Yet the church can sometimes be too hasty in pronouncing judgment. Paul clearly differentiates in other places in scripture between those Christians who are indulging in sin (1 Corinthians 5:9) and those who find themselves caught in transgression (Galatians 6:1). His pastoral advice regarding the response to each is different, despite both being issues of ‘sin’. An important element of church discipline is to sensitively and accurately establish the nature of a situation, before deciding how the church ought to proceed.
First and foremost, we are ambassadors of the great ministry of reconciliation; of pointing to the work of Christ, and our great need for forgiveness and reconciliation to God.
We are part of God’s great mission of restoration and redemption and this reality should be at the forefront of any response to sin in the church.
The church has a responsibility to make sure that we are accurately representing Jesus to the world; preaching the necessary call to holiness of the Christian life whilst acknowledging we are not yet made perfect and we still mess up.
We ought to seek first, on every occasion and at every opportunity, to restore a person who has wandered away from truth. We pray for them and with them, we remind them of the realities of the gospel, of the forgiveness found in Jesus, and of the healing warmth of God’s light.
We love them, we accept their struggle with sin as something common to us all, and yet we encourage them not to shrink back from Christ in shame but rather to turn to him anew in humble confession and repentance.
One of the most powerful and eternally significant things a church can do is to rescue one who has fallen into sin. “My dear brothers and sisters, if someone among you wanders away from the truth and is brought back, you can be sure that whoever brings the sinner back from wandering will save that person from death and bring about the forgiveness of many sins.” (James 5:19-20)
Discipleship within the local church means that each member acknowledges they are part of the body, a body that collectively has the authority to declare who belongs to Jesus and the responsibility of teaching, caring for, correcting, loving, and disciplining its members.
The church, therefore, affirms a person’s profession of faith in Jesus and gives oversight to that individual’s discipleship, and, in turn, the individual submits his or her discipleship to the care and oversight of the church and commits themselves in service to the building up of the church. It’s a symbiotic-esque relationship referred to by Paul in 1 Corinthians 12 as ‘one another-ing‘.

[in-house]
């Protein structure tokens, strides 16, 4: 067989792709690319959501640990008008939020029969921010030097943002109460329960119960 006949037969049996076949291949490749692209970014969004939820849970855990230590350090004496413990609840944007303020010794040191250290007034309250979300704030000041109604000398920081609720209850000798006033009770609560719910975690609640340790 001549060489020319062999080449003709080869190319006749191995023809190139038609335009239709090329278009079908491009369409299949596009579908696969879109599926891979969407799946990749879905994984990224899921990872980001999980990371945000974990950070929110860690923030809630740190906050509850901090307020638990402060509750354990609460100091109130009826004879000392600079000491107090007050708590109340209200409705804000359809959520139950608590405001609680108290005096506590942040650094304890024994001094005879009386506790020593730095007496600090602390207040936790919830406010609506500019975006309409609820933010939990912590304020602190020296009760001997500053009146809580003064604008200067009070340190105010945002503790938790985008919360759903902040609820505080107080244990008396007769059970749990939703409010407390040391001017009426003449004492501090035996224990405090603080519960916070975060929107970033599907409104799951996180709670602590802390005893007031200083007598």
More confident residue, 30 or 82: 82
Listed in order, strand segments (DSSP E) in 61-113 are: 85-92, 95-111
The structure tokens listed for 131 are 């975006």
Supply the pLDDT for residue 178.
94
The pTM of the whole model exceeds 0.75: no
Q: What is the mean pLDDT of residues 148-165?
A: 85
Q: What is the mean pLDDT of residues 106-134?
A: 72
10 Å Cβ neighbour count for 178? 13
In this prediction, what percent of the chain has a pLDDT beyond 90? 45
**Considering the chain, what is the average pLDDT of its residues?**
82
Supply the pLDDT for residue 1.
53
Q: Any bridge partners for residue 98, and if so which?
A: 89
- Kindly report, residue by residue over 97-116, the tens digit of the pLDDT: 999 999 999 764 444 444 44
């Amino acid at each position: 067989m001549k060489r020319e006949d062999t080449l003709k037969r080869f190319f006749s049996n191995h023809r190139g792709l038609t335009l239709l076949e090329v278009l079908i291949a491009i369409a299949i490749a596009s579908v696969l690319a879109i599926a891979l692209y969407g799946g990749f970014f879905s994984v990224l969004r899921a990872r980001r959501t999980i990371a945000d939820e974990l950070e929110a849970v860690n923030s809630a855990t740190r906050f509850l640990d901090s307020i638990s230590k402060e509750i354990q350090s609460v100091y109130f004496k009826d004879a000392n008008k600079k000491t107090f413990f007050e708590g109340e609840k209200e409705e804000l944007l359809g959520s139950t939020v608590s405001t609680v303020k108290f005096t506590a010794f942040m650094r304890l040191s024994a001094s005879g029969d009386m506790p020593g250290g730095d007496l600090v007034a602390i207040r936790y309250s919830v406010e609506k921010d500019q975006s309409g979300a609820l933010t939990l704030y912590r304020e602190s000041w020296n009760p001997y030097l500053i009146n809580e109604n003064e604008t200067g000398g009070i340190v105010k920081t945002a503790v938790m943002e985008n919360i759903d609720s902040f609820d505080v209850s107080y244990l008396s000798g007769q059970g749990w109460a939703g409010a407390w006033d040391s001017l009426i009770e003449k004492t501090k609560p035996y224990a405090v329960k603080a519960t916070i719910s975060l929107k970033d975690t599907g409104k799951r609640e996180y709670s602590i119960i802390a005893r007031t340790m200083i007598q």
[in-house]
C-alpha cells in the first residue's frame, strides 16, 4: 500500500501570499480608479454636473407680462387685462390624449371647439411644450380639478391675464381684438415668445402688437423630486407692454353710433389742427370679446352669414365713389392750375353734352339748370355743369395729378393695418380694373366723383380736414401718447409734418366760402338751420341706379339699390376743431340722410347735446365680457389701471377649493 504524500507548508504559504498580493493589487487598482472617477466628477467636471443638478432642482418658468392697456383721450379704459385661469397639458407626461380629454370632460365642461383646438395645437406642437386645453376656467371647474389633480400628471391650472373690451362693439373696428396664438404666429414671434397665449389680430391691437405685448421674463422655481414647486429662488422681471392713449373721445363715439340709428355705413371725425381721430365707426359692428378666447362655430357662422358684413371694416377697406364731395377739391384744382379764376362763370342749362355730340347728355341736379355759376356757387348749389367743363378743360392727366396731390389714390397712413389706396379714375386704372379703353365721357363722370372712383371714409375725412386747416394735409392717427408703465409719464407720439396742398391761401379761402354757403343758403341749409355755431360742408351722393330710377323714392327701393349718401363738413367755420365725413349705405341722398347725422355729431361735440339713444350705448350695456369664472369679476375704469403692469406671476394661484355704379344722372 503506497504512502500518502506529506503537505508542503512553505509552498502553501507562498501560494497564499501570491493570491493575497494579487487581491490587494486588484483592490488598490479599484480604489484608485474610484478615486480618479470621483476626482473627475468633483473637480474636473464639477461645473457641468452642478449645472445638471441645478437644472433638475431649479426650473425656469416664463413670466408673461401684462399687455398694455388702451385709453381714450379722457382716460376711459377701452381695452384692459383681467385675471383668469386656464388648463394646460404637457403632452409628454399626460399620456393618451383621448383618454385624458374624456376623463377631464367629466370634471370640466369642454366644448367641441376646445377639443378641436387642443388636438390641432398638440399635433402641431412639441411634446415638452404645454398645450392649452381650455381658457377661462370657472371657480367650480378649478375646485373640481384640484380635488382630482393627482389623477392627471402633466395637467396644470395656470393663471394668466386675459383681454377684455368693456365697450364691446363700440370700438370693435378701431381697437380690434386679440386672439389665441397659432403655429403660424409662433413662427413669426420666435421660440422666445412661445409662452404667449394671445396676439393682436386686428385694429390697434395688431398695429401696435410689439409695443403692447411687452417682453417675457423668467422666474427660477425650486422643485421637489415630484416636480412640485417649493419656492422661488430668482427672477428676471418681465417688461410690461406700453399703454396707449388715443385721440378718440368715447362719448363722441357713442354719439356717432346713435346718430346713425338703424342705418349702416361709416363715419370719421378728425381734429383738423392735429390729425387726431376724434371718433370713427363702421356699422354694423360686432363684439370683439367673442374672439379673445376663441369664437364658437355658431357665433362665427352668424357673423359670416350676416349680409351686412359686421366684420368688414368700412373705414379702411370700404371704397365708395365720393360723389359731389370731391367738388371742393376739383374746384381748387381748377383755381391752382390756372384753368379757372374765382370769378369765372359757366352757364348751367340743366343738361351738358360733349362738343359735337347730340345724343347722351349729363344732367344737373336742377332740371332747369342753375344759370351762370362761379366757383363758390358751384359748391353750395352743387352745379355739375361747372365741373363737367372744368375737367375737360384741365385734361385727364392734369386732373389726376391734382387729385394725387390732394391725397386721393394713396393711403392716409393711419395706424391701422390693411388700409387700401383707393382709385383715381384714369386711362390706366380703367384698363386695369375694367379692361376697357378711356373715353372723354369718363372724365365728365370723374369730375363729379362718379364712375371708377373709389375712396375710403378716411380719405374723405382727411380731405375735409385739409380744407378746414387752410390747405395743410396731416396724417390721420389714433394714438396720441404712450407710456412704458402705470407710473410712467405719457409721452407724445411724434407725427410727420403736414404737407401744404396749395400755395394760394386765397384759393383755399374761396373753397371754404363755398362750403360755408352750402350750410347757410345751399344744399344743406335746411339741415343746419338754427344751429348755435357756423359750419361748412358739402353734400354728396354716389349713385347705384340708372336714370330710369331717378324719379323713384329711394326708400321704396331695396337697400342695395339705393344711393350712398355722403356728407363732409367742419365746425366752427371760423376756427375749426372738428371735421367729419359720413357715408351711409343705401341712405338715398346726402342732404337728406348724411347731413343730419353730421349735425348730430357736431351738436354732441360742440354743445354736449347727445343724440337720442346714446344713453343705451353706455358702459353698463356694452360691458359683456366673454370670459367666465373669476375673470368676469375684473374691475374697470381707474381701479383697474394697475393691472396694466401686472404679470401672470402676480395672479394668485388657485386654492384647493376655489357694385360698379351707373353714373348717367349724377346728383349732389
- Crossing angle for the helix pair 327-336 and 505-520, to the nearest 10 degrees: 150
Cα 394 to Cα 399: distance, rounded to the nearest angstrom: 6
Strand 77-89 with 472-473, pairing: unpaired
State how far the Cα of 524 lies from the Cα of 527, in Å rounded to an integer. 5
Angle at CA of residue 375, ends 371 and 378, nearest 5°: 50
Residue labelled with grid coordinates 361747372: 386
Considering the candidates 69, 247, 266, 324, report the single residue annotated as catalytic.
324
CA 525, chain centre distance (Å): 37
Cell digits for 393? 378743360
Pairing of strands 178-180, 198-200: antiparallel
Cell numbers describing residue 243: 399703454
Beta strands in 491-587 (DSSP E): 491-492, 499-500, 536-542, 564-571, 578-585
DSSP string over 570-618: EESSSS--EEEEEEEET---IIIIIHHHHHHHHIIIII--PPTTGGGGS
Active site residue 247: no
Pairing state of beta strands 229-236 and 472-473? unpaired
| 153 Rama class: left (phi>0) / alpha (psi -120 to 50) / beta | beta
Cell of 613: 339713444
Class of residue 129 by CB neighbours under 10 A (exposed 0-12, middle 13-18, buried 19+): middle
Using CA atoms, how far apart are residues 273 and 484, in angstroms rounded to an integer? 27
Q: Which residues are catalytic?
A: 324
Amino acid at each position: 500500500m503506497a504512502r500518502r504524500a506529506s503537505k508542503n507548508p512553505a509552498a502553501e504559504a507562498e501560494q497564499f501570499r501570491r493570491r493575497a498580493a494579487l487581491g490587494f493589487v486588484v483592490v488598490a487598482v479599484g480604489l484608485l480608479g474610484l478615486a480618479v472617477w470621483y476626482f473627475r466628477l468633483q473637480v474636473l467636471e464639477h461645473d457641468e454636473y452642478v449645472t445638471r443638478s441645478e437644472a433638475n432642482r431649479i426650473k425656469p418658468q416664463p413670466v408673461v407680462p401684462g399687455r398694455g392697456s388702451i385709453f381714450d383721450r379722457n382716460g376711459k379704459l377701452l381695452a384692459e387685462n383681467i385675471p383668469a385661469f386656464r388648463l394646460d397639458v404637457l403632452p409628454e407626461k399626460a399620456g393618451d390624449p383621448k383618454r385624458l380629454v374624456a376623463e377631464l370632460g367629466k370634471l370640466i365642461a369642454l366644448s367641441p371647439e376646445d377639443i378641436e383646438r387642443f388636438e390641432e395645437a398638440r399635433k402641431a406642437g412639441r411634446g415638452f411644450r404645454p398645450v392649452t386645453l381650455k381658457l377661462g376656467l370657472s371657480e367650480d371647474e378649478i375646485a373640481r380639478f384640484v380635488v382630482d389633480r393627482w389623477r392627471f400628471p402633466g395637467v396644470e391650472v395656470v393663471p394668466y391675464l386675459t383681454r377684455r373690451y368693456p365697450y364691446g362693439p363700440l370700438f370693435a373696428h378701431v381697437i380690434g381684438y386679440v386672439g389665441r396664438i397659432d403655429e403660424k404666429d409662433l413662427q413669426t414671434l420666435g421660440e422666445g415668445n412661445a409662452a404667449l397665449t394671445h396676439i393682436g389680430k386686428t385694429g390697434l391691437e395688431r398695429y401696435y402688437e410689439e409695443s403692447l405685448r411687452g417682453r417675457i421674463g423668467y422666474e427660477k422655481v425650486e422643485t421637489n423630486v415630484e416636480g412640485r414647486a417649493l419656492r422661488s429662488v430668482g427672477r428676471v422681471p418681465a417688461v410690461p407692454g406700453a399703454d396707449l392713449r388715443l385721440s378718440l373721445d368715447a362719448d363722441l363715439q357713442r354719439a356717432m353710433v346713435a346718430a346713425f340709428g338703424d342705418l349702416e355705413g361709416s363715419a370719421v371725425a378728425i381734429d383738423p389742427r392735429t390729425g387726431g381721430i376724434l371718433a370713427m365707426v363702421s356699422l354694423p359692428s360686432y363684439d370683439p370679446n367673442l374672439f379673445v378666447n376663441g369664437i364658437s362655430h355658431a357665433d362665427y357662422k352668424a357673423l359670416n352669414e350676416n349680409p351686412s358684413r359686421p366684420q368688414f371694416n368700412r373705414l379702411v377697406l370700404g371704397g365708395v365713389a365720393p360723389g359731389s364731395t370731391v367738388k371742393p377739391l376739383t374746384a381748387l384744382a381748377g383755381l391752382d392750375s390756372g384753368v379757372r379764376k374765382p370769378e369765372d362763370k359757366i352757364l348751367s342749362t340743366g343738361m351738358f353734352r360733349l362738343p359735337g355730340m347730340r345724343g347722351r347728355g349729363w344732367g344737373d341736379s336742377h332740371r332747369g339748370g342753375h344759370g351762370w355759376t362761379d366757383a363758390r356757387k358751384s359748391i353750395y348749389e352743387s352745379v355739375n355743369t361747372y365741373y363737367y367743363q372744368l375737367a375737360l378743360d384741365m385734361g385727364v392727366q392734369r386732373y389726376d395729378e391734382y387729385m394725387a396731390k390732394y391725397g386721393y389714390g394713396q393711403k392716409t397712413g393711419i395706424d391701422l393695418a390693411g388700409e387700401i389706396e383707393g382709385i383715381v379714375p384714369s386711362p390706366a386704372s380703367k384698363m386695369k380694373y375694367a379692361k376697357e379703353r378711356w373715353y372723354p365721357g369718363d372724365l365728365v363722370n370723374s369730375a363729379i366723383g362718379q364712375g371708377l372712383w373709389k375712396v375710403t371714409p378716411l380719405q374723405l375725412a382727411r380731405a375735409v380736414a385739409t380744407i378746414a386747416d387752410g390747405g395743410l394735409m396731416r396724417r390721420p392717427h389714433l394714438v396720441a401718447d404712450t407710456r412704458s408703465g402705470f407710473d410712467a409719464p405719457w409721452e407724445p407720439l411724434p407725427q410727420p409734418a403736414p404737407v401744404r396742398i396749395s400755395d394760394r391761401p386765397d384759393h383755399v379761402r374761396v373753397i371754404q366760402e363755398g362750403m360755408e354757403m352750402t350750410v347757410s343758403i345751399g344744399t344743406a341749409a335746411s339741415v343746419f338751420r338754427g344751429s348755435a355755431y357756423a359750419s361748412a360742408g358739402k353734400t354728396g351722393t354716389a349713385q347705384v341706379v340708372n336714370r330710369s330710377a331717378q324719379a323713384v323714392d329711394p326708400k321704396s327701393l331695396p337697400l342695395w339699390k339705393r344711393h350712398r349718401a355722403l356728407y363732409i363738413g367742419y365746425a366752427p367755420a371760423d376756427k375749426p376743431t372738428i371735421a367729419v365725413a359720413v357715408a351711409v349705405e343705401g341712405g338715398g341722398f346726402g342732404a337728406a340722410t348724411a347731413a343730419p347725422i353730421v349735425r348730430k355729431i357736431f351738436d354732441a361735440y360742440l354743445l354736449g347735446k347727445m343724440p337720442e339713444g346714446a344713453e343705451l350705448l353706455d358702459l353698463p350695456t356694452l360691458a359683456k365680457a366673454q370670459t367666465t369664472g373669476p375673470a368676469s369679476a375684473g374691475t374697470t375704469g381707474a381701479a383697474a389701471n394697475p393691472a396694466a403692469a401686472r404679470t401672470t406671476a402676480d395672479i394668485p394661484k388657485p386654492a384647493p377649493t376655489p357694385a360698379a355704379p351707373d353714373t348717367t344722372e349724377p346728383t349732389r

Unfortunately, as the case in the church at Corinth demonstrates, there will be some who are completely unrepentant, who ‘make a practice of sinning‘ (1 John 5:18), and who reject the pursuit of holiness that Christians are called to. These people “are ungodly men and women, saying that God’s marvellous grace allows us to live immoral lives. The condemnation of such people was recorded long ago, for they deny our only Master and Lord, Jesus Christ.” (Jude 1:4)
An individual Christian is not responsible for overseeing another Christian’s membership in the body of Christ, but the church, made up of all its members is. It’s how the church protects the name of Jesus.
“Church discipline, then, is fundamentally about love. The Lord disciplines those he loves (Hebrews 12:6). The same is true for his church. Love in the Bible is holy. It makes demands. It yields obedience. It doesn’t delight in evil but rejoices in the truth.” (1 Corinthians 13:6) | Jonathan Leeman
“But what happens when we live God’s way? He brings gifts into our lives, much the same way that fruit appears in an orchard – things like affection for others, exuberance about life, serenity. We develop a willingness to stick with things, a sense of compassion in the heart, and a conviction that a basic holiness permeates things and people. We find ourselves involved in loyal commitments, not needing to force our way in life, able to marshal and direct our energies wisely. Legalism is helpless in bringing this about; it only gets in the way. Among those who belong to Christ, everything connected with getting our own way and mindlessly responding to what everyone else calls necessities is killed off for good – crucified. Since this is the kind of life we have chosen, the life of the Spirit, let us make sure that we do not just hold it as an idea in our heads or a sentiment in our hearts, but work out its implications in every detail of our lives.” | Galatians 5:22-25 MSG